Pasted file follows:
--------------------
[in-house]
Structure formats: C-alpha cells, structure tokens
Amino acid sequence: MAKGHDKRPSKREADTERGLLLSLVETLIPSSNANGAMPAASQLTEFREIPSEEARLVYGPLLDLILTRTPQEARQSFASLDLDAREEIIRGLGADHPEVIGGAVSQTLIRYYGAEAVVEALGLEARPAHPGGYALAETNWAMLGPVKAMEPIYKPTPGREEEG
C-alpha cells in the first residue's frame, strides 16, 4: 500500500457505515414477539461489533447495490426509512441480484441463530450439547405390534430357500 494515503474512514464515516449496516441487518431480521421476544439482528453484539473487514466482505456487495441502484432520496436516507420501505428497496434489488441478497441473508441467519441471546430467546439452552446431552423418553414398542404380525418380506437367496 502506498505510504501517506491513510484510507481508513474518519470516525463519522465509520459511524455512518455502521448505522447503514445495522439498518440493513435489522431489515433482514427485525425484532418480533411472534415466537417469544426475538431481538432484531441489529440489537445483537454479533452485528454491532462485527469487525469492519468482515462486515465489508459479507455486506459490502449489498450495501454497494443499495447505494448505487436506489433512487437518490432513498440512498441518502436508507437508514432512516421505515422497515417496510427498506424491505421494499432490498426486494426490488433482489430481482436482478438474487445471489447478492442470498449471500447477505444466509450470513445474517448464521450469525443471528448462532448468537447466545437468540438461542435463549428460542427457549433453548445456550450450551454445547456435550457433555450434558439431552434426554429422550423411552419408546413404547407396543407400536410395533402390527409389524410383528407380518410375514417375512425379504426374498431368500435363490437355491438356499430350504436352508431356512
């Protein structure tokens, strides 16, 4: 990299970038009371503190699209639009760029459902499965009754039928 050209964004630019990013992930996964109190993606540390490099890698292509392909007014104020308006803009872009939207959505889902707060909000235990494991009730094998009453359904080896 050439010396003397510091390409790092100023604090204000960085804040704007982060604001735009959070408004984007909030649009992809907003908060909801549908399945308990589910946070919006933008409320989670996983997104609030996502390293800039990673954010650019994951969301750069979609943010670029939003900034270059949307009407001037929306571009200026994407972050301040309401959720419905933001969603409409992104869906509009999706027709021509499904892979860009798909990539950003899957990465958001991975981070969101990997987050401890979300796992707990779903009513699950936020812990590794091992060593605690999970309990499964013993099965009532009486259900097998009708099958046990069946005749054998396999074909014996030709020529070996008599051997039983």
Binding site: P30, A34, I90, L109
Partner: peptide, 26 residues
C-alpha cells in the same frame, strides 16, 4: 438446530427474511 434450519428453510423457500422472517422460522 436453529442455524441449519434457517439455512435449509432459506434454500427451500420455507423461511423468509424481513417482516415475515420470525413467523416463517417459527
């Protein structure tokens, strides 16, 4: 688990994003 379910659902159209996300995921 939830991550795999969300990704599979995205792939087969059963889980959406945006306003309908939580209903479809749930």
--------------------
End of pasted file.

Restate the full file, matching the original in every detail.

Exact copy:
[in-house]
Structure formats: C-alpha cells, structure tokens
Amino acid sequence: MAKGHDKRPSKREADTERGLLLSLVETLIPSSNANGAMPAASQLTEFREIPSEEARLVYGPLLDLILTRTPQEARQSFASLDLDAREEIIRGLGADHPEVIGGAVSQTLIRYYGAEAVVEALGLEARPAHPGGYALAETNWAMLGPVKAMEPIYKPTPGREEEG
C-alpha cells in the first residue's frame, strides 16, 4: 500500500457505515414477539461489533447495490426509512441480484441463530450439547405390534430357500 494515503474512514464515516449496516441487518431480521421476544439482528453484539473487514466482505456487495441502484432520496436516507420501505428497496434489488441478497441473508441467519441471546430467546439452552446431552423418553414398542404380525418380506437367496 502506498505510504501517506491513510484510507481508513474518519470516525463519522465509520459511524455512518455502521448505522447503514445495522439498518440493513435489522431489515433482514427485525425484532418480533411472534415466537417469544426475538431481538432484531441489529440489537445483537454479533452485528454491532462485527469487525469492519468482515462486515465489508459479507455486506459490502449489498450495501454497494443499495447505494448505487436506489433512487437518490432513498440512498441518502436508507437508514432512516421505515422497515417496510427498506424491505421494499432490498426486494426490488433482489430481482436482478438474487445471489447478492442470498449471500447477505444466509450470513445474517448464521450469525443471528448462532448468537447466545437468540438461542435463549428460542427457549433453548445456550450450551454445547456435550457433555450434558439431552434426554429422550423411552419408546413404547407396543407400536410395533402390527409389524410383528407380518410375514417375512425379504426374498431368500435363490437355491438356499430350504436352508431356512
């Protein structure tokens, strides 16, 4: 990299970038009371503190699209639009760029459902499965009754039928 050209964004630019990013992930996964109190993606540390490099890698292509392909007014104020308006803009872009939207959505889902707060909000235990494991009730094998009453359904080896 050439010396003397510091390409790092100023604090204000960085804040704007982060604001735009959070408004984007909030649009992809907003908060909801549908399945308990589910946070919006933008409320989670996983997104609030996502390293800039990673954010650019994951969301750069979609943010670029939003900034270059949307009407001037929306571009200026994407972050301040309401959720419905933001969603409409992104869906509009999706027709021509499904892979860009798909990539950003899957990465958001991975981070969101990997987050401890979300796992707990779903009513699950936020812990590794091992060593605690999970309990499964013993099965009532009486259900097998009708099958046990069946005749054998396999074909014996030709020529070996008599051997039983």
Binding site: P30, A34, I90, L109
Partner: peptide, 26 residues
C-alpha cells in the same frame, strides 16, 4: 438446530427474511 434450519428453510423457500422472517422460522 436453529442455524441449519434457517439455512435449509432459506434454500427451500420455507423461511423468509424481513417482516415475515420470525413467523416463517417459527
């Protein structure tokens, strides 16, 4: 688990994003 379910659902159209996300995921 939830991550795999969300990704599979995205792939087969059963889980959406945006306003309908939580209903479809749930």